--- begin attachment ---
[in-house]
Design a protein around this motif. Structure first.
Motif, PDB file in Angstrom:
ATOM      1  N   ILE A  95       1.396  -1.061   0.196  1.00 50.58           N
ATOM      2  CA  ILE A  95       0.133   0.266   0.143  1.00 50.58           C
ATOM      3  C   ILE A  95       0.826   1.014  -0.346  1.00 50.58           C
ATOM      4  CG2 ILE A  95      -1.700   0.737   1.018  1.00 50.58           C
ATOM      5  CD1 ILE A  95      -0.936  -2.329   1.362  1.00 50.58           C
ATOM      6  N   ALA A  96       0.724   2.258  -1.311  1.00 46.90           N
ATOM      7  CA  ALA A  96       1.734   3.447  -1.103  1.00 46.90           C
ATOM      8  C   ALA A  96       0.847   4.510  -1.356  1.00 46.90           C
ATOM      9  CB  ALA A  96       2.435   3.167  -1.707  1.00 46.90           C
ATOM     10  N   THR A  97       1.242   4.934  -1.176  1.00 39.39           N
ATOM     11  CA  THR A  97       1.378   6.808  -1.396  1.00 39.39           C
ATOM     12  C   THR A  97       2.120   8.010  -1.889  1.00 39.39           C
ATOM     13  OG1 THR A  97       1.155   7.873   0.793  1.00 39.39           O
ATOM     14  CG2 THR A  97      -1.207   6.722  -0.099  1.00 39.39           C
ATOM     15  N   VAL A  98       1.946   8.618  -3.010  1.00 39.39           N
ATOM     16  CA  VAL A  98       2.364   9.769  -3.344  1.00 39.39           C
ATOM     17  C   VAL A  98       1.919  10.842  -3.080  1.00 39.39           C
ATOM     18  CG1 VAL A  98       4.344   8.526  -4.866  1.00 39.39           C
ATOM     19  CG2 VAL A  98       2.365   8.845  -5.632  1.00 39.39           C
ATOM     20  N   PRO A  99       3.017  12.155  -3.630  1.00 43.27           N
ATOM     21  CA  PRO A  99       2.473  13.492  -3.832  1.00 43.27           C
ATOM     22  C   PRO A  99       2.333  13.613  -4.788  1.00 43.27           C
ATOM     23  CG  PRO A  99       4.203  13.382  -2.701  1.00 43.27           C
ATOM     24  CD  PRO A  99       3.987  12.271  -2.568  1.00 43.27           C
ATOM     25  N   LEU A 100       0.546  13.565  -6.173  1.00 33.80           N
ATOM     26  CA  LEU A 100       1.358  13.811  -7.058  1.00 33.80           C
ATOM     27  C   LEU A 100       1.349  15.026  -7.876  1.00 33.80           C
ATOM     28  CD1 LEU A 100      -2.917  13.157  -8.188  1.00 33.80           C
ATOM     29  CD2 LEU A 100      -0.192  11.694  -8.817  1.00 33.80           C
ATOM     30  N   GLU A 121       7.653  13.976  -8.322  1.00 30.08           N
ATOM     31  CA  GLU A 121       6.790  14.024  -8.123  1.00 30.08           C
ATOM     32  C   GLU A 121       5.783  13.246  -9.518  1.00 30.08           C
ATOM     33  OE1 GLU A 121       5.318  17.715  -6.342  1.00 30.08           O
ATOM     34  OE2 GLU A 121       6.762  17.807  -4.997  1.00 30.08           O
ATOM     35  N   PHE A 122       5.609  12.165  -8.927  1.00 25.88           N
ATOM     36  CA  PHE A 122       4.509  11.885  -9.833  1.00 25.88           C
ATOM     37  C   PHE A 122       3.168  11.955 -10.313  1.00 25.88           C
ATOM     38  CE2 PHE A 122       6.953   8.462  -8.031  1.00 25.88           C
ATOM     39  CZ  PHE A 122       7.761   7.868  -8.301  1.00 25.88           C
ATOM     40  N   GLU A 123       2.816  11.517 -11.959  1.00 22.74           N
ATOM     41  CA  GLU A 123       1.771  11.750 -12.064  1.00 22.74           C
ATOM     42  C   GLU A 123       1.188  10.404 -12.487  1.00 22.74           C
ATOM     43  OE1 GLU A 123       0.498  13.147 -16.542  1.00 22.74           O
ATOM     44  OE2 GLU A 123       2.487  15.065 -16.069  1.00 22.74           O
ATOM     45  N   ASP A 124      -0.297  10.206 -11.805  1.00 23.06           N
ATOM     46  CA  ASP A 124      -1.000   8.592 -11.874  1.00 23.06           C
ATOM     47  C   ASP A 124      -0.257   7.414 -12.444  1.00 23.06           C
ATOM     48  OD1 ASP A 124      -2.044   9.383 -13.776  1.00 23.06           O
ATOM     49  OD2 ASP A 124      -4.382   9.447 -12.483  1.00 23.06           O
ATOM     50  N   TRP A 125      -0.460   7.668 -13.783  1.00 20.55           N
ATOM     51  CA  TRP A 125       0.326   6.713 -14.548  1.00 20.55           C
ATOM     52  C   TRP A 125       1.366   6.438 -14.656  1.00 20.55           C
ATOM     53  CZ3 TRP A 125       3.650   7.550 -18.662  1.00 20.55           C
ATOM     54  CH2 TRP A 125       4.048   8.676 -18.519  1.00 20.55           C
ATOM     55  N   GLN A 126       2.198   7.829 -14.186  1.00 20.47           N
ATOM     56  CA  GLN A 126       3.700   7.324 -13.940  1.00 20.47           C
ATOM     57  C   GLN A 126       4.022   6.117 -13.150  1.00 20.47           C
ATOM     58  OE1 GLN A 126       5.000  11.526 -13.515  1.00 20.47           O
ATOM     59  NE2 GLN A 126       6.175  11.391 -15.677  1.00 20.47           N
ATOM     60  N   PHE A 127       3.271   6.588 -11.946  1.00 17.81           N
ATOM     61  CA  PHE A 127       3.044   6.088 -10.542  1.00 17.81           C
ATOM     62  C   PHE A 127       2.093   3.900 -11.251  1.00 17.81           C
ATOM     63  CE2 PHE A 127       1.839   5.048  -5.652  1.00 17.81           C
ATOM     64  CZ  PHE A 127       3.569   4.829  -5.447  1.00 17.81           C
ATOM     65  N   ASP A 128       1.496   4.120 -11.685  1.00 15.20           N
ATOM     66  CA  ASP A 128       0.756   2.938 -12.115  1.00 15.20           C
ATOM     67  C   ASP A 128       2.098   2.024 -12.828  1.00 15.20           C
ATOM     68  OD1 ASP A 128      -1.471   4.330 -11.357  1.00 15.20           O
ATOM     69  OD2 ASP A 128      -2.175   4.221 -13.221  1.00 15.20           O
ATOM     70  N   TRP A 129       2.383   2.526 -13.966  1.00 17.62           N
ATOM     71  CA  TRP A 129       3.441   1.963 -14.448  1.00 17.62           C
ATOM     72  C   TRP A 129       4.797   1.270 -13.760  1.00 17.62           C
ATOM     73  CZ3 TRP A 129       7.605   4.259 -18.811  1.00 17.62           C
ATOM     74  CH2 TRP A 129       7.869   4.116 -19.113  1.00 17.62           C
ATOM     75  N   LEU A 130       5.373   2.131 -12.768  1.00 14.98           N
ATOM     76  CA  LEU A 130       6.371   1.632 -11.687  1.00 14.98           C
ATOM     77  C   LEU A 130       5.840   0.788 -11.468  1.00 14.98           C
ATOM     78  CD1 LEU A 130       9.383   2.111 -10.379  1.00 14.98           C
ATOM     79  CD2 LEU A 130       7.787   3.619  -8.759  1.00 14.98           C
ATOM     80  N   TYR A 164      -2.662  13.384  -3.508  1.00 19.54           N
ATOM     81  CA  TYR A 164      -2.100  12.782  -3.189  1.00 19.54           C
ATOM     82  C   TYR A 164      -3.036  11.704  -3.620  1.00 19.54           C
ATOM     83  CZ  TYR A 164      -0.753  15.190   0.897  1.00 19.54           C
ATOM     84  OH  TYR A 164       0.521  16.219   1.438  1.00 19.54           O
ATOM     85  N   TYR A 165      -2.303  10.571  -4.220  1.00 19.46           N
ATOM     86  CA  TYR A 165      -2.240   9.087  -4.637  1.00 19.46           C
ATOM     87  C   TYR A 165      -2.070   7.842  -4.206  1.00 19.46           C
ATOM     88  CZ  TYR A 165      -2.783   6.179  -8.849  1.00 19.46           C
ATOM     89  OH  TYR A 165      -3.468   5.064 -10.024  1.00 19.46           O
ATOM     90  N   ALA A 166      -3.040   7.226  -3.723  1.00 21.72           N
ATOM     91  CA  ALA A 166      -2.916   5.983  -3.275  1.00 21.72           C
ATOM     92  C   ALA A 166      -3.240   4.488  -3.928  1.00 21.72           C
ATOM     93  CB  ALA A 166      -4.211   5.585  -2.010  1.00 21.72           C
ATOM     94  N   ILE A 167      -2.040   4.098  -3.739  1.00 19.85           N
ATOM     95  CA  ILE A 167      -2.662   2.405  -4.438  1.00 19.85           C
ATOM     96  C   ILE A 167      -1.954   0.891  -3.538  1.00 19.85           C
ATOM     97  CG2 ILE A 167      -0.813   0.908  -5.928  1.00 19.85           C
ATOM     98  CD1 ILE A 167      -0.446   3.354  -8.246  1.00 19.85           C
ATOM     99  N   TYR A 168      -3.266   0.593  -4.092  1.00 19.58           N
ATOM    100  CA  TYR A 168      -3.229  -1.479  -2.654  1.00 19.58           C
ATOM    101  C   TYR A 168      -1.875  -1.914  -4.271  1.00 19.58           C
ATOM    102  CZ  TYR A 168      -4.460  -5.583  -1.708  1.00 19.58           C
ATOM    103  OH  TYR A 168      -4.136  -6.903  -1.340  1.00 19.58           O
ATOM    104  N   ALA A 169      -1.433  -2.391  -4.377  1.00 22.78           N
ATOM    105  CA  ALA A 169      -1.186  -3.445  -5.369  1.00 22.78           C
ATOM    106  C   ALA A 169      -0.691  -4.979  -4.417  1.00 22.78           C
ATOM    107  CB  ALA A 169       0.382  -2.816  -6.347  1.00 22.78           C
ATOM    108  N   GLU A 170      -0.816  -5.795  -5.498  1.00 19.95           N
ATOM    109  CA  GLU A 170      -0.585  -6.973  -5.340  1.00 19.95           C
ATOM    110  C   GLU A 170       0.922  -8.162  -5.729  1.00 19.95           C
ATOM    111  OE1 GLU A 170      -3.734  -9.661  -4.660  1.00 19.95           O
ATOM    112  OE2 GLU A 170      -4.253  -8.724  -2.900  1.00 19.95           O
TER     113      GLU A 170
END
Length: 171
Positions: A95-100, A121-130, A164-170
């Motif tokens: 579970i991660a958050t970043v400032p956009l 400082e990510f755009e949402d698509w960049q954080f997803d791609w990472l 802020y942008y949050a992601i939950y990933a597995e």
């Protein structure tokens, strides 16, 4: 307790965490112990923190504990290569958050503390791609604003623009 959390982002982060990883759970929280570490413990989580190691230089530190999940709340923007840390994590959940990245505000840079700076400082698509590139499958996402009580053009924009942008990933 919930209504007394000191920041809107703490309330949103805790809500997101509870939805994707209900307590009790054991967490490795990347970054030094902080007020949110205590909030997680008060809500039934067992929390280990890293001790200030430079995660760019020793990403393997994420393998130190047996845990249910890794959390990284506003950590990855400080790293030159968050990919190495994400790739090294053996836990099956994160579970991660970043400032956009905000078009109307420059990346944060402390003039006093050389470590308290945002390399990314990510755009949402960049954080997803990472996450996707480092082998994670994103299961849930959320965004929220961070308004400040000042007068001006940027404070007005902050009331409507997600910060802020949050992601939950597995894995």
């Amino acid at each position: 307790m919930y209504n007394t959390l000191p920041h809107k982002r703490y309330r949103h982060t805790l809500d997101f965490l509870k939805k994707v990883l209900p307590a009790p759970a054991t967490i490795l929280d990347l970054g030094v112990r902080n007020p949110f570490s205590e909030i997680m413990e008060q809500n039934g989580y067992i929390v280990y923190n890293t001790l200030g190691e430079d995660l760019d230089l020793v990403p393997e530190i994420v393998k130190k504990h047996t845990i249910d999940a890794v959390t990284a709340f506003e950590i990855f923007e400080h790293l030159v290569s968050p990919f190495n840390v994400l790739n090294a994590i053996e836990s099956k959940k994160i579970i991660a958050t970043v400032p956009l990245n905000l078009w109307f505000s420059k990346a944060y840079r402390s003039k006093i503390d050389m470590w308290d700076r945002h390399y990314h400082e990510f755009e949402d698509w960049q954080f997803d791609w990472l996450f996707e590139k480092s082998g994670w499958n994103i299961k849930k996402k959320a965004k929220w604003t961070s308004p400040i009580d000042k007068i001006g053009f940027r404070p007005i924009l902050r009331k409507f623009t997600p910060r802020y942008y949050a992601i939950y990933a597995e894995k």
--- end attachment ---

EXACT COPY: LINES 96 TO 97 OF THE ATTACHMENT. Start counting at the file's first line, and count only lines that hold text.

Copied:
ATOM     93  CB  ALA A 166      -4.211   5.585  -2.010  1.00 21.72           C
ATOM     94  N   ILE A 167      -2.040   4.098  -3.739  1.00 19.85           N